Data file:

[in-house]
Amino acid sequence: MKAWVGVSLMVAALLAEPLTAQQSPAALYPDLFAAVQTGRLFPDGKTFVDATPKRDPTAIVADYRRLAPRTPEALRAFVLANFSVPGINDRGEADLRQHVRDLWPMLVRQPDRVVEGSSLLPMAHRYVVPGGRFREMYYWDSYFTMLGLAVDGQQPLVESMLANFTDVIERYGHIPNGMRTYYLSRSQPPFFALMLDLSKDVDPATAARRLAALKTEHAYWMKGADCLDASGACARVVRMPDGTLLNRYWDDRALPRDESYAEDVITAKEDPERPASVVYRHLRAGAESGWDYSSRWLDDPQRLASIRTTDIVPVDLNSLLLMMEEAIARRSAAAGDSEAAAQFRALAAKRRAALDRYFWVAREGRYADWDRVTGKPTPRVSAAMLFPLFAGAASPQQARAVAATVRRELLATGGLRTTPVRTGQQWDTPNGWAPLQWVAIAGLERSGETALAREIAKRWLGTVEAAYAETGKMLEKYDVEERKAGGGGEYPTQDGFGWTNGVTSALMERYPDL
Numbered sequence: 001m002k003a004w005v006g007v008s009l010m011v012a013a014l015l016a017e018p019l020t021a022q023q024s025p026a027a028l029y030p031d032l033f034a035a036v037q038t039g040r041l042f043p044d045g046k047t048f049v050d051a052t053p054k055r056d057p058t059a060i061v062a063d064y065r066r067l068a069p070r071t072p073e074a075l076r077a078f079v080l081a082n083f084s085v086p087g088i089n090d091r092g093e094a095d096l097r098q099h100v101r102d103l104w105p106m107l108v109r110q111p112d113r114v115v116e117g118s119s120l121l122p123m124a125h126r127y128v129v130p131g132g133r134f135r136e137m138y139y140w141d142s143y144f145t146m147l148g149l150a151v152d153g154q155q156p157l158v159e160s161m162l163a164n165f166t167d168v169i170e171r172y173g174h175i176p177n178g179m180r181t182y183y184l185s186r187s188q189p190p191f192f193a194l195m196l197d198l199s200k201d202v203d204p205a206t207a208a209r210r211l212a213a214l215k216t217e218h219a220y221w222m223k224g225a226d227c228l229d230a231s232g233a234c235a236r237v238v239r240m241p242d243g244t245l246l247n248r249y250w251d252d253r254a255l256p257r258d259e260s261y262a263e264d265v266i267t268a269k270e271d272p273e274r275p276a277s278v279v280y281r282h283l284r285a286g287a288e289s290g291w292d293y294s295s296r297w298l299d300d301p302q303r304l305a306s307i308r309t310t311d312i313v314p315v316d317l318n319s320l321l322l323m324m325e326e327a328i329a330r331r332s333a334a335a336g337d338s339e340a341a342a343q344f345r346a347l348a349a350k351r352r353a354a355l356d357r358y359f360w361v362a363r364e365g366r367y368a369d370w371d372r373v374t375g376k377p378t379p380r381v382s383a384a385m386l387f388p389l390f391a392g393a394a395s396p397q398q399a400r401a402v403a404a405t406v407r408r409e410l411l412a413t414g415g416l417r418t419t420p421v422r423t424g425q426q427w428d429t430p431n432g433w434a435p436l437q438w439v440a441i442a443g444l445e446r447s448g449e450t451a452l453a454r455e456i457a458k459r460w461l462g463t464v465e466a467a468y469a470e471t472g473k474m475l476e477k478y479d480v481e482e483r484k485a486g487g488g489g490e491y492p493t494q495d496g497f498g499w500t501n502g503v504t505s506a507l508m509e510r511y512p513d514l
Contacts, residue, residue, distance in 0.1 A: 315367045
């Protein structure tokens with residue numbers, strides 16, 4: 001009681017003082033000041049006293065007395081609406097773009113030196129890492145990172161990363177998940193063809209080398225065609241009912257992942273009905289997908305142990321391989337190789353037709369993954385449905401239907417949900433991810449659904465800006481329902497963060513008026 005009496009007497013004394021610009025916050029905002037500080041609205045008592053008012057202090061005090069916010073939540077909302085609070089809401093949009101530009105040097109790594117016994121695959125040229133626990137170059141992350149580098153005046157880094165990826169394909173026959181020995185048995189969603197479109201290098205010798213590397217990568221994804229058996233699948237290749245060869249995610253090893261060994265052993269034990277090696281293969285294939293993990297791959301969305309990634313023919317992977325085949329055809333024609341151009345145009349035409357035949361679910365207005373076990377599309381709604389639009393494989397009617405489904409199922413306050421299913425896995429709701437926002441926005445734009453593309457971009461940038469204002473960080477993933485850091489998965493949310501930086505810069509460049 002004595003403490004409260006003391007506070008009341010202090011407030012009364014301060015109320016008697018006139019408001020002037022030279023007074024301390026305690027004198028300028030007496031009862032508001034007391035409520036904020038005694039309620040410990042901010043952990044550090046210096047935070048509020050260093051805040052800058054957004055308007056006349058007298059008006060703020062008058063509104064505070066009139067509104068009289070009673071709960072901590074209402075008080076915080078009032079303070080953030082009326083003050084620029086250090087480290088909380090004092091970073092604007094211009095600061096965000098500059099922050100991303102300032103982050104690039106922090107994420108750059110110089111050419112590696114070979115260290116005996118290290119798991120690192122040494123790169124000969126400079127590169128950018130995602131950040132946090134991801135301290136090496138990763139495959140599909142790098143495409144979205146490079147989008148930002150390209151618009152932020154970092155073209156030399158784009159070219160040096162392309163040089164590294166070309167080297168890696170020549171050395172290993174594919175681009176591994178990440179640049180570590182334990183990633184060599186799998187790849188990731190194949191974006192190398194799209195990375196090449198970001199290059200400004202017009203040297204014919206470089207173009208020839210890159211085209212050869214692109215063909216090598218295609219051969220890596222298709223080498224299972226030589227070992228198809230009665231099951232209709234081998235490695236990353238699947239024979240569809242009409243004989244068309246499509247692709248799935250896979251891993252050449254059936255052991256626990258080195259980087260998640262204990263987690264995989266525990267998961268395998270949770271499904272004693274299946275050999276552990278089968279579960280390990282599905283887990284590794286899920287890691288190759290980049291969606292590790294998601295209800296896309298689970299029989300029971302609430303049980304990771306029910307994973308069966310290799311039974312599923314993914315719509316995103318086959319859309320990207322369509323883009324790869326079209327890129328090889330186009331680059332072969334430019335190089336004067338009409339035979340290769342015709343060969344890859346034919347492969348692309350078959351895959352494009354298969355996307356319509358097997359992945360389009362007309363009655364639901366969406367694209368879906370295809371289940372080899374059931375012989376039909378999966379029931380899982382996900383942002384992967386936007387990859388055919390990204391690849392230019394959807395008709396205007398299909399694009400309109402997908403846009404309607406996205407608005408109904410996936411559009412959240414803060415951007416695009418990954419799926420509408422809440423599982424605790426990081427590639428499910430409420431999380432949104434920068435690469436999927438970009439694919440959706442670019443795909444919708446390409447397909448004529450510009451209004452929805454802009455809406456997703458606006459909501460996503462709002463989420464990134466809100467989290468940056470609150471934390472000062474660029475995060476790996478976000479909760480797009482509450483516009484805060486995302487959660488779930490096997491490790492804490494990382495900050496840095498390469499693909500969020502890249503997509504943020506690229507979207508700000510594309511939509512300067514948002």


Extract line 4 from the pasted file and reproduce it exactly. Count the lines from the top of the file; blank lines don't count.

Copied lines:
Contacts, residue, residue, distance in 0.1 A: 315367045